Conference Helps Producers Udder-ly Control Mastitis
Effectively managing the period between lactation and calving of dairy cattle is a key to controlling mastitis, a bacterial infection that affects milk quality and production.
Richard Meiring of Ohio State University's Clinical and Veterinary Preventive Medicine, said that it is during this time, known as the dry cow period, when mastitis is likely to develop.
"Management techniques that are conducted during lactation to prevent infections are not normally followed through during the dry cow period," Meiring said. "Traditionally, farmers just turn the cows out -- put them out in the field and just make sure they are happy and content. But we know now that we do need to manage the dry period much more intensely."
Meiring will discuss strategies to control mastitis during the dry cow period at the Tri-State Dairy Management Conference, Nov. 7-8 at the Grand Wayne Center in Fort Wayne, Ind. The conference, sponsored by Ohio State, Purdue and Michigan State universities, will provide producers information on effective dairy herd management.
Meiring will speak on Nov. 8. He'll discuss dry cow therapy, environmental management, vaccinations and nutrient supplements.
The dry cow period is the transition between lactation and calving, when farmers stop milking to allow cattle a time to rest and help milk-producing cells regenerate. It is during this period when more than half of all new infections caused by environmental bacteria originate, so careful monitoring has become a significant part of controlling mastitis.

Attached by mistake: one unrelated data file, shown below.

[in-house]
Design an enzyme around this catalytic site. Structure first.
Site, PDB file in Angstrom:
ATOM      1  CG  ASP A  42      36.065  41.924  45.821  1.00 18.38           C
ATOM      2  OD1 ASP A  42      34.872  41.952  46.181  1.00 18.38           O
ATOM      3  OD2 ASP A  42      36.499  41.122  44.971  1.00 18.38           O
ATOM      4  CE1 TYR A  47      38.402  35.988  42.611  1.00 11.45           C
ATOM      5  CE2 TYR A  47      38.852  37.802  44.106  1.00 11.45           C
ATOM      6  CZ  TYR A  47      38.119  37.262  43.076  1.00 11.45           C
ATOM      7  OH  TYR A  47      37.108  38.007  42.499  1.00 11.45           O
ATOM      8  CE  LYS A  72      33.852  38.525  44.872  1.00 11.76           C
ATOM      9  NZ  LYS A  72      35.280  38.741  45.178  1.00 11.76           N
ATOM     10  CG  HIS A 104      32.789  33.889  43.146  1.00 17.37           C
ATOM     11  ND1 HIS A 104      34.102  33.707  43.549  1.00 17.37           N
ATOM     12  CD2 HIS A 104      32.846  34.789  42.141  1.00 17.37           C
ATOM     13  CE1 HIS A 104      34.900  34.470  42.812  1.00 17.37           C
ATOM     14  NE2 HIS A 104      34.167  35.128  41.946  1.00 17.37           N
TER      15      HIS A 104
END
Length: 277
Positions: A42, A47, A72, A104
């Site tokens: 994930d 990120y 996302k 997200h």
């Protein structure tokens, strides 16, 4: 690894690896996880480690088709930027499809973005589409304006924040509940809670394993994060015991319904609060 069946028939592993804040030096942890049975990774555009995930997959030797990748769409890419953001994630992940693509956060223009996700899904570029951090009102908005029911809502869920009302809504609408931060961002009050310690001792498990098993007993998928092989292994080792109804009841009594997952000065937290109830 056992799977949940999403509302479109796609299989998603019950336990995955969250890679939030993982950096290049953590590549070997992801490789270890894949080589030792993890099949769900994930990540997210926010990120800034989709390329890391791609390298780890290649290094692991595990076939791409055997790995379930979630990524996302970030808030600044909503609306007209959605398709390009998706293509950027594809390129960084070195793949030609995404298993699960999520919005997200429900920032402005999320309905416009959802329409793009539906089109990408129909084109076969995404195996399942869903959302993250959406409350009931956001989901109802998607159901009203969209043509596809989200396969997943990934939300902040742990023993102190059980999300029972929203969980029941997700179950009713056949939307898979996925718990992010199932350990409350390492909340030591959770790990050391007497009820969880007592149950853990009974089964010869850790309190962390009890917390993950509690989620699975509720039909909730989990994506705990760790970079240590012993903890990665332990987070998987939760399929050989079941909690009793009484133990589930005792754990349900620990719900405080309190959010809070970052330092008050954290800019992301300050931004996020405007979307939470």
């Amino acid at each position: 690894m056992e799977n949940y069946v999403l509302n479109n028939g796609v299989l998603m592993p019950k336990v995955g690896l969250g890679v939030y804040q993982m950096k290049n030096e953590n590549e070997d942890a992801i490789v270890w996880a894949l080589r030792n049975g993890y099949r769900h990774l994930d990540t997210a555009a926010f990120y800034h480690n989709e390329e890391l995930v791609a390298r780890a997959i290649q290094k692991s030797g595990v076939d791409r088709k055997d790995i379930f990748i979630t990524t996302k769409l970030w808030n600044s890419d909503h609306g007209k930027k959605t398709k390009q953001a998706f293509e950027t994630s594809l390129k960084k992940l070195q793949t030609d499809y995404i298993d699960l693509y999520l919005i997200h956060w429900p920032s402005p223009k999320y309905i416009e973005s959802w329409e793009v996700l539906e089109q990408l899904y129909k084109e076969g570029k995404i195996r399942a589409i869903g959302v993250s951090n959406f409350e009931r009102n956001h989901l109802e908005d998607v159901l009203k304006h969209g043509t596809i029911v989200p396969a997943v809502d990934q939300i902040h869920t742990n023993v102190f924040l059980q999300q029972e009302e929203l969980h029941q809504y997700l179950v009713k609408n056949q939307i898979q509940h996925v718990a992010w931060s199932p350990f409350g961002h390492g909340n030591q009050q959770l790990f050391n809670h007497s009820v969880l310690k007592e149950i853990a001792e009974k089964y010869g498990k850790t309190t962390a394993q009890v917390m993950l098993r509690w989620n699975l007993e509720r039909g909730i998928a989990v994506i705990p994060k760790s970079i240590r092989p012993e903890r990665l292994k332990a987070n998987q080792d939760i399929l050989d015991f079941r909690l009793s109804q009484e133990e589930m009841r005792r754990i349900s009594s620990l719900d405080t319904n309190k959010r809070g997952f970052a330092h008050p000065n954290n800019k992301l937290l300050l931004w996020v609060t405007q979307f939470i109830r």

Mastitis is known to cause about 70 percent of the economic losses in milk production. The disease lowers milk production, since the infection destroys a cow's milk-producing tissue; affects milk quality by reducing protein and shelf life, and makes milk more acidic; increases production costs; and forces farmers to sell off infected cows quicker because they are no longer profitable.
"On average, with each case of mastitis, a cow will lose about 1,600 pounds of milk during the lactation period," Meiring said. "Each time a cow comes down with mastitis, it costs the farmer approximately $200 annually in lost milk production and antibiotics. That's quite a bit of money."
For more information on the conference, contact Amanda Hargett at (614) 688-3143, or by e-mail at firstname.lastname@example.org; or Normand St.-Pierre at (614) 292-6507. Information also is available online at http://www.ag.ohio-state.edu/~ansci/tristate/tristate.htm.